Google has greatly improved its video capturing and processing algorithms to render the highest quality photos. HDR+ wasn’t a stand-alone mode or an added feature – it was just what the camera did every time it captured photos. Images were not processed after they there taken, in fact, smartphone was constantly capturing frames by merging them into several best versions at the same time and thus using HDR+ processing. It was all just to make a highest quality picture in any environment conditions and not what everyone was used to expect from a smartphone.
With a single camera, “Pixel” smartphones could do the things that competitors tried to do with multiple cameras. Google’s portrait shooting mode was designed and perfectly synchronized with software, making it easier for “Pixel” phones to capture images while competing models didn’t had that perfect combination even using multiple cameras. Another interesting thing is that Google has been able to continually improve its shooting algorithms by providing software updates that have had a direct impact to the capture quality of “Pixel 2” photos.
Android 8 Oreo comes with “Project Treble” capabilities and updates rollout are changing forever
Android 8 Oreo seems to have been another minor update in history of mobile OS development and it had one major improvement called “Treble”.
In May of 2017 when introducing latest Android OS version, Google highlighted “Treble” or so called “Project Treble” as a way to modify Android updates, separating various elements of software source code so that smartphone chip makers such as Qualcomm, Broadcom, or others can update their components without adjusting other parts of the OS.
It was another big step called “Treble”, allowing Google to change the order of upgrades at the same time segmenting each upgrade into stages intended for phone manufacturers, software developers and application developers.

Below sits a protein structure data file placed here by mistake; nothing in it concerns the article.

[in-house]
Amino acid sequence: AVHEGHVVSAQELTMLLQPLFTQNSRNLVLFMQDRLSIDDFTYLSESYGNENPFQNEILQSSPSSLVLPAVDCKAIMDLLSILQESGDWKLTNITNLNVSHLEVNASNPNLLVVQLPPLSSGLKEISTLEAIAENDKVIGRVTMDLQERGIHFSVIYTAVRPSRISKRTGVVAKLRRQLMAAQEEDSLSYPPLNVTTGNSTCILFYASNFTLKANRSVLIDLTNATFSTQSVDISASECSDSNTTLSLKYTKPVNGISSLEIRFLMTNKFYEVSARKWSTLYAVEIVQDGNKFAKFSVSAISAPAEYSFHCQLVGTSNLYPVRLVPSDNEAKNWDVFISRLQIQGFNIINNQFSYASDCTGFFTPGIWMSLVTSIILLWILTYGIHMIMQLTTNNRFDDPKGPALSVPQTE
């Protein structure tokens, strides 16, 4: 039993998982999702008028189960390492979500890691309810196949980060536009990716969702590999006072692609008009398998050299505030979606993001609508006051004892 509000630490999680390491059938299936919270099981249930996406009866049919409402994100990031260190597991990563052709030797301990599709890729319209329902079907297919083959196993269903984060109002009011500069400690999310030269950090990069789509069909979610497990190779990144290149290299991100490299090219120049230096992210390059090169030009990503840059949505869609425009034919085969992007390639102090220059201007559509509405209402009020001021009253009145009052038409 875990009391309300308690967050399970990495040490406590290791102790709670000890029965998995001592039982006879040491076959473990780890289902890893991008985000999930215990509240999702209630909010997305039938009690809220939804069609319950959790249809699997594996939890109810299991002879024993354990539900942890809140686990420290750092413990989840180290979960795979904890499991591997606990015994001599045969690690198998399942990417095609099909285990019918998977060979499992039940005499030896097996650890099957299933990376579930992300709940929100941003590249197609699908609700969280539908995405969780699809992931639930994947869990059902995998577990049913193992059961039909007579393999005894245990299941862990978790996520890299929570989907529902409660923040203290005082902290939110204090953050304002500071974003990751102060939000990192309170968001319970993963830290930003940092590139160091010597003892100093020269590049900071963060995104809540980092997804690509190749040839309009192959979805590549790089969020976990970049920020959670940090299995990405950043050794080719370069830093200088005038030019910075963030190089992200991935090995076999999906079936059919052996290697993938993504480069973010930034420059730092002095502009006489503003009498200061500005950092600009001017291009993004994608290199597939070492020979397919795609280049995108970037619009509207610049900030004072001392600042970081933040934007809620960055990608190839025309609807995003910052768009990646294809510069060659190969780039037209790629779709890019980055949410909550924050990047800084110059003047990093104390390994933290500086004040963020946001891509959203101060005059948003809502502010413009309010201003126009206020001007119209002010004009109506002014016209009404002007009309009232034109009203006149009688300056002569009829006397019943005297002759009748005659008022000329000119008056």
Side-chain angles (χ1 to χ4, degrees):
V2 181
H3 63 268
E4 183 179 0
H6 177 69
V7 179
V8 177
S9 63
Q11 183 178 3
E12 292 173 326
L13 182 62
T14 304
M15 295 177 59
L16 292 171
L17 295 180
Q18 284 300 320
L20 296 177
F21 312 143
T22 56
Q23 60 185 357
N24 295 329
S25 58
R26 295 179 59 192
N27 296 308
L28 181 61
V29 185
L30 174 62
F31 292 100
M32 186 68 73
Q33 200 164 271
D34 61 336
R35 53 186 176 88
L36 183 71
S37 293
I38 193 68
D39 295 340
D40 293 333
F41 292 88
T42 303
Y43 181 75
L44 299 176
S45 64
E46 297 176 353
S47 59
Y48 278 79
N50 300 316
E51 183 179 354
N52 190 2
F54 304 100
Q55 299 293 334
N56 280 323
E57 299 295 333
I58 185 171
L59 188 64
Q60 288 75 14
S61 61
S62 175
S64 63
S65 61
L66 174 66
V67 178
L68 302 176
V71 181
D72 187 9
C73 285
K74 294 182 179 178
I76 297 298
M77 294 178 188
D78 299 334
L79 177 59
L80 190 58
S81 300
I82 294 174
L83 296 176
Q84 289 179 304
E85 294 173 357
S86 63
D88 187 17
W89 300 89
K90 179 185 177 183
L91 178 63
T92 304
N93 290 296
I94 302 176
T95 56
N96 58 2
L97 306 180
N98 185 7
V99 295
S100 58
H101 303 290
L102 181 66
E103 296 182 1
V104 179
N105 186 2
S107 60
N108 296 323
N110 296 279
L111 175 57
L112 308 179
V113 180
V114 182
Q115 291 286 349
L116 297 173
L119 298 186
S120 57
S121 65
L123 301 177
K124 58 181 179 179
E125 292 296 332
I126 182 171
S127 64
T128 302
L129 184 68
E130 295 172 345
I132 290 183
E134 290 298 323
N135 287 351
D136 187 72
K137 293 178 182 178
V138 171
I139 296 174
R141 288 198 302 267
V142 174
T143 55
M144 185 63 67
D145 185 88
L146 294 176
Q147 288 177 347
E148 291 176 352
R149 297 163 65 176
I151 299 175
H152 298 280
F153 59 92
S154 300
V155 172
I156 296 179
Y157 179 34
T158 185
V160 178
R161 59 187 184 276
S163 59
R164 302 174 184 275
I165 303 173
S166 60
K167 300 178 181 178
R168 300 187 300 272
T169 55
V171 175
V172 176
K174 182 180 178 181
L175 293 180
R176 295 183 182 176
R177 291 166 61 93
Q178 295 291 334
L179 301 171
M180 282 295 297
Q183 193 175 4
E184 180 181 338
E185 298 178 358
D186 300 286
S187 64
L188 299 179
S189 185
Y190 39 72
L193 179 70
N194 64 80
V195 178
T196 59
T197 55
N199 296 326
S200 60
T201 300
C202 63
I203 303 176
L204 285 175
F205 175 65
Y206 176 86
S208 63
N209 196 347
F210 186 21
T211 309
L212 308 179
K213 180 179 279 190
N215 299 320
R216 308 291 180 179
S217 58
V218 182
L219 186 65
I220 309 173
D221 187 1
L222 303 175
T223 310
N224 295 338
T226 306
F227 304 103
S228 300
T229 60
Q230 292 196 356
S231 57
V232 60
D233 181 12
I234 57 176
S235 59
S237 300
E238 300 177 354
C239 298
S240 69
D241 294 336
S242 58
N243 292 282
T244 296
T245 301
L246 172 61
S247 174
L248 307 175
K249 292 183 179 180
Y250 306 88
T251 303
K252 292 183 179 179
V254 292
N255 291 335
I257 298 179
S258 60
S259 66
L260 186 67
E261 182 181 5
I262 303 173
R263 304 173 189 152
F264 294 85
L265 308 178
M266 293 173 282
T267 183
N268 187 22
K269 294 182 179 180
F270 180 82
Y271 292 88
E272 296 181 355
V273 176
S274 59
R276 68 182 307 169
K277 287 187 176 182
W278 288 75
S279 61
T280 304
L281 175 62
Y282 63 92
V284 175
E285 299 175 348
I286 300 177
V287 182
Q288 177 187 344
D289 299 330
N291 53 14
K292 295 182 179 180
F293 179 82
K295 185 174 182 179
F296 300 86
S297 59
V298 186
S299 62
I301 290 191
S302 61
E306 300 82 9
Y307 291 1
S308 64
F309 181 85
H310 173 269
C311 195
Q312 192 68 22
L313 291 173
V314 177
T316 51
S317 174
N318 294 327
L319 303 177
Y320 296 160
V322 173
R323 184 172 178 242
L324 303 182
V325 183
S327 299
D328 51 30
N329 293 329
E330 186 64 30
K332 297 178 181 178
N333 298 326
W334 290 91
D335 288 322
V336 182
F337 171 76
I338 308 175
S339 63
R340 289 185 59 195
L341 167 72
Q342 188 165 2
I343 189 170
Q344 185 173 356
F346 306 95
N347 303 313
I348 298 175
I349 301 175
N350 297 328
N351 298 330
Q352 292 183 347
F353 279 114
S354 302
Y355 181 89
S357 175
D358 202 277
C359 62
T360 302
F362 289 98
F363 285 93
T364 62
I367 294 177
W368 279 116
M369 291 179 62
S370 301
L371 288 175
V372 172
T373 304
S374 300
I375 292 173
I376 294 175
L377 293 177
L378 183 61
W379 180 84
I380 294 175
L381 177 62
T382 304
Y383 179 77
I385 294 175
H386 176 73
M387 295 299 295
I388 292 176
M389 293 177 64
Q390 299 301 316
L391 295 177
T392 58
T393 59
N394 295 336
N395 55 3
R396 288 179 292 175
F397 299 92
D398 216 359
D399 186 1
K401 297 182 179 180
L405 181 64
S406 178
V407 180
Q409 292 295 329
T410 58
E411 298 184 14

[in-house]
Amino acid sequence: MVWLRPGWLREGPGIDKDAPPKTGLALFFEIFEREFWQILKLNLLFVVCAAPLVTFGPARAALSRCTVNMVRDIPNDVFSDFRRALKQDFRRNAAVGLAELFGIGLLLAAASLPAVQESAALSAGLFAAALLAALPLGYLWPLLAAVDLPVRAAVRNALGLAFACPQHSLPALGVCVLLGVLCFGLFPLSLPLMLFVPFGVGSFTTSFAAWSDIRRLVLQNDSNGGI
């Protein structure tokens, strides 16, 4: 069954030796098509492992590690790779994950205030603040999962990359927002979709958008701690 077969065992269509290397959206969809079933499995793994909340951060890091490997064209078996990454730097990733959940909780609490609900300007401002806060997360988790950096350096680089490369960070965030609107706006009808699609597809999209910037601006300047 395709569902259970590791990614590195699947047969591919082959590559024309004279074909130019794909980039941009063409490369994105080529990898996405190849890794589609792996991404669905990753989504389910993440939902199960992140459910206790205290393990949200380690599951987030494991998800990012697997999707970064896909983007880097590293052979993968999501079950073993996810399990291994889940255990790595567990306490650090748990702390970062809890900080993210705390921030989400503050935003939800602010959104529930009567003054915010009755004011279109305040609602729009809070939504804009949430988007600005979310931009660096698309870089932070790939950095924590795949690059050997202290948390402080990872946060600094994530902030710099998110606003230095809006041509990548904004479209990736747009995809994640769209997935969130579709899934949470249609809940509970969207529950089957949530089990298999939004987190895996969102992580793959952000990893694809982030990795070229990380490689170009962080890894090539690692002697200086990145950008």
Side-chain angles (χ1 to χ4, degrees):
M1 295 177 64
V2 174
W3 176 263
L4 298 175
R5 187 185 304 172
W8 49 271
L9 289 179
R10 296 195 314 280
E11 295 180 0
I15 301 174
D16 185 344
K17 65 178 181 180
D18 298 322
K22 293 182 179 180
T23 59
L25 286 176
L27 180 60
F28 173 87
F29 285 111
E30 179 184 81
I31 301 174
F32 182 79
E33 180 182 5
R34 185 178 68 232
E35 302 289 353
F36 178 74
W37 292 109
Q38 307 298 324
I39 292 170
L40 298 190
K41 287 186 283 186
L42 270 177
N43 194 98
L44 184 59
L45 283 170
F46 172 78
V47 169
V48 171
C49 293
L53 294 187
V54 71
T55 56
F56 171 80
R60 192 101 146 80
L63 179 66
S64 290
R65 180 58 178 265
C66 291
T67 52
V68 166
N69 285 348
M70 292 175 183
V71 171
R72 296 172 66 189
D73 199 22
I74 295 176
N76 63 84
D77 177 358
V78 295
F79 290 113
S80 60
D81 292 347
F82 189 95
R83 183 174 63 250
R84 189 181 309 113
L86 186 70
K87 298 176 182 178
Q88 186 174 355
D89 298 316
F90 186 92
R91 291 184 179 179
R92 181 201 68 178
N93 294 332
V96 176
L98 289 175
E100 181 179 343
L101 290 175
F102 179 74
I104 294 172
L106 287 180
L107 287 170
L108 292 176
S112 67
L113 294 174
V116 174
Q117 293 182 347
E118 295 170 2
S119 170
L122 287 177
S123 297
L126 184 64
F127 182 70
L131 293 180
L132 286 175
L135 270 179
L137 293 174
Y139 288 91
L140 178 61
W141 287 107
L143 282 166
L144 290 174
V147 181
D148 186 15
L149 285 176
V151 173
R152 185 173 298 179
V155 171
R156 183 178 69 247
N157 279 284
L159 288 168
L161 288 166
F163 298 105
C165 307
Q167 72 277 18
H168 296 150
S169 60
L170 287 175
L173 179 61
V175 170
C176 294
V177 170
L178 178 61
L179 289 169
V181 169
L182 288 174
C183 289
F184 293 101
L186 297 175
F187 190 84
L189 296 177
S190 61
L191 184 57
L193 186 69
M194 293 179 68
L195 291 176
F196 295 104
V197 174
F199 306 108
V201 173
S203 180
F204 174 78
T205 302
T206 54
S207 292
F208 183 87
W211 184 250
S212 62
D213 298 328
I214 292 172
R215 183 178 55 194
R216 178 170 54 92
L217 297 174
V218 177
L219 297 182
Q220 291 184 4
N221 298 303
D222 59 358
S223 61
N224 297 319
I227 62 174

The EU fines Google more than $ 5 billion for anti-competitive consumer environment
After years of fighting technical giants such as Microsoft over what the EU has defined as anti-competitive business practices, the European Commission has decided to harmonize conditions for search engines and advertising on mobile devices.
EU fined Google for more than $ 5 billion of antitrust violations claiming that Google forced manufacturers of Android-powered smartphones to combine Google Search, Chrome and Play Store services. The EU stated that it’s a forced integration of services that inhibited competition and innovation preventing consumers from seeking alternative services options.
In 2013 Google has begun to integrate its apps and services into what it says has been an effort to facilitate user environment by creating a better, more unified Android management experience. Without denying that it bundles its services, Google has expressed its position that Android, as an open platform, not only allows but also encourages users to modify their software by changing default apps, smartphone management themes and other settings. Despite the arguments put forward by Google, the EU Commission also argued that Android is an open source platform where manufacturers are free to deploy their services based on the AOSP project.